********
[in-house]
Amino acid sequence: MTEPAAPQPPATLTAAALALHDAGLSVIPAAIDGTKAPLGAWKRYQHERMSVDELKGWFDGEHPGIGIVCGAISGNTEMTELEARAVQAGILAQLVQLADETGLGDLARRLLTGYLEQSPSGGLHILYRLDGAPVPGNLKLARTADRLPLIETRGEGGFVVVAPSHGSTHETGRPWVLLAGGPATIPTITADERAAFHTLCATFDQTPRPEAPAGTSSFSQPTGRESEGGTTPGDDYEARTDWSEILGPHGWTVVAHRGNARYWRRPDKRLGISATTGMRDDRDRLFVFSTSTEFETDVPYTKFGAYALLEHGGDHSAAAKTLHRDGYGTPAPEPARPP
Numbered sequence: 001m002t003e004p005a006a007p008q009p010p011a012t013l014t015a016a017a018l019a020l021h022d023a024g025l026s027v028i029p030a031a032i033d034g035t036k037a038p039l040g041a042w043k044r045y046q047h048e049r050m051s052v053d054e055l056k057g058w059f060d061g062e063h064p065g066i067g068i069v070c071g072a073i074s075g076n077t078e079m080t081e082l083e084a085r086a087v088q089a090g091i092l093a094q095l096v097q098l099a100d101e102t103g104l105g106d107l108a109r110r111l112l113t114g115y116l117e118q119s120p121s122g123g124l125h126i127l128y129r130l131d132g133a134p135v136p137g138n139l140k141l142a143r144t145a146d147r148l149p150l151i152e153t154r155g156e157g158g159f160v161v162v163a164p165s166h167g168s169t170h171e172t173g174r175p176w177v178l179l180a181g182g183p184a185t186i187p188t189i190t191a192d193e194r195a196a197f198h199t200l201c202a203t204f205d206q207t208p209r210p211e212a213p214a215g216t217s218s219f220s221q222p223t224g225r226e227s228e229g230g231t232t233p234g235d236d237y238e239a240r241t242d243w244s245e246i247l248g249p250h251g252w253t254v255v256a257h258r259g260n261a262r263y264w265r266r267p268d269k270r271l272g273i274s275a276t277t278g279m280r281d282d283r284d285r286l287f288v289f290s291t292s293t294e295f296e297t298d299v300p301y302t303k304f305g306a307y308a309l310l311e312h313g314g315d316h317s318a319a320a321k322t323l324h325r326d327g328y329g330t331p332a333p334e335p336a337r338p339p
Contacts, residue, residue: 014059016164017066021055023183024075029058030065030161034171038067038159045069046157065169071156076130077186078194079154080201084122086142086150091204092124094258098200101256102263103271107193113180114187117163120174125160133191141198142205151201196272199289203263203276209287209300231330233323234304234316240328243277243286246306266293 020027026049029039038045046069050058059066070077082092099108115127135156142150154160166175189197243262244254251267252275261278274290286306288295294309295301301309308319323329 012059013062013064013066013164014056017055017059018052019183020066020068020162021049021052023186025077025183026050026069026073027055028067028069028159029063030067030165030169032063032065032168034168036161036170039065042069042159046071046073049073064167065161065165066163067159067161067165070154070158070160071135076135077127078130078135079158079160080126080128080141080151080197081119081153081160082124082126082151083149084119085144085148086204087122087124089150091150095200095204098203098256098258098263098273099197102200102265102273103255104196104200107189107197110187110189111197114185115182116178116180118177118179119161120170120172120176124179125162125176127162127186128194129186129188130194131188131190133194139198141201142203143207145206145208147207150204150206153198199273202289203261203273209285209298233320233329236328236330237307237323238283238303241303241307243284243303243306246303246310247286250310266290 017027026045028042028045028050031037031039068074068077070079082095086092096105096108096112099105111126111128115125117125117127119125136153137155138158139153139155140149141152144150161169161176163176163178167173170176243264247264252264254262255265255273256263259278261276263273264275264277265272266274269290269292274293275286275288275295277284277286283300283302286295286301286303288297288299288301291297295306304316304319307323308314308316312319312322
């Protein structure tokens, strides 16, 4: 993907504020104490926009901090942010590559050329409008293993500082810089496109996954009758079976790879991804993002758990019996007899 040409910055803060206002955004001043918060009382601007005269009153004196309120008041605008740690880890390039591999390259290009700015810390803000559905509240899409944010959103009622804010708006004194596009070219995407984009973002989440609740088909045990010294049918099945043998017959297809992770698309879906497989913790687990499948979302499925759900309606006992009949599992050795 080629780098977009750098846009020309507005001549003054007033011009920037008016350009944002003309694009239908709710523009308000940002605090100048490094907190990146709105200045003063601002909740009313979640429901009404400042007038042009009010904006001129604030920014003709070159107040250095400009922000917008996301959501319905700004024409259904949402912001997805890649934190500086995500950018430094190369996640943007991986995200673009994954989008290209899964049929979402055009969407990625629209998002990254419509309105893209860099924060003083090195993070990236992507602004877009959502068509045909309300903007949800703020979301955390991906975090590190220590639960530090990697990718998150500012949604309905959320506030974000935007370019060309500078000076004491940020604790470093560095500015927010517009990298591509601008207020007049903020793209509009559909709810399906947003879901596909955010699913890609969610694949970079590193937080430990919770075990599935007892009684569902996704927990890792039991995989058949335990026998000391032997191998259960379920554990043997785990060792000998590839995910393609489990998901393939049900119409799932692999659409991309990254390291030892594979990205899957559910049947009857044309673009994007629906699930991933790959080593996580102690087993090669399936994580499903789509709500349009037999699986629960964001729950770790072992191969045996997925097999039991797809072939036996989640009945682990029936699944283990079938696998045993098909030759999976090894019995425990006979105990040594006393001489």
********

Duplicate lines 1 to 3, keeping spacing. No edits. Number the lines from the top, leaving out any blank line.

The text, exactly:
[in-house]
Amino acid sequence: MTEPAAPQPPATLTAAALALHDAGLSVIPAAIDGTKAPLGAWKRYQHERMSVDELKGWFDGEHPGIGIVCGAISGNTEMTELEARAVQAGILAQLVQLADETGLGDLARRLLTGYLEQSPSGGLHILYRLDGAPVPGNLKLARTADRLPLIETRGEGGFVVVAPSHGSTHETGRPWVLLAGGPATIPTITADERAAFHTLCATFDQTPRPEAPAGTSSFSQPTGRESEGGTTPGDDYEARTDWSEILGPHGWTVVAHRGNARYWRRPDKRLGISATTGMRDDRDRLFVFSTSTEFETDVPYTKFGAYALLEHGGDHSAAAKTLHRDGYGTPAPEPARPP
Numbered sequence: 001m002t003e004p005a006a007p008q009p010p011a012t013l014t015a016a017a018l019a020l021h022d023a024g025l026s027v028i029p030a031a032i033d034g035t036k037a038p039l040g041a042w043k044r045y046q047h048e049r050m051s052v053d054e055l056k057g058w059f060d061g062e063h064p065g066i067g068i069v070c071g072a073i074s075g076n077t078e079m080t081e082l083e084a085r086a087v088q089a090g091i092l093a094q095l096v097q098l099a100d101e102t103g104l105g106d107l108a109r110r111l112l113t114g115y116l117e118q119s120p121s122g123g124l125h126i127l128y129r130l131d132g133a134p135v136p137g138n139l140k141l142a143r144t145a146d147r148l149p150l151i152e153t154r155g156e157g158g159f160v161v162v163a164p165s166h167g168s169t170h171e172t173g174r175p176w177v178l179l180a181g182g183p184a185t186i187p188t189i190t191a192d193e194r195a196a197f198h199t200l201c202a203t204f205d206q207t208p209r210p211e212a213p214a215g216t217s218s219f220s221q222p223t224g225r226e227s228e229g230g231t232t233p234g235d236d237y238e239a240r241t242d243w244s245e246i247l248g249p250h251g252w253t254v255v256a257h258r259g260n261a262r263y264w265r266r267p268d269k270r271l272g273i274s275a276t277t278g279m280r281d282d283r284d285r286l287f288v289f290s291t292s293t294e295f296e297t298d299v300p301y302t303k304f305g306a307y308a309l310l311e312h313g314g315d316h317s318a319a320a321k322t323l324h325r326d327g328y329g330t331p332a333p334e335p336a337r338p339p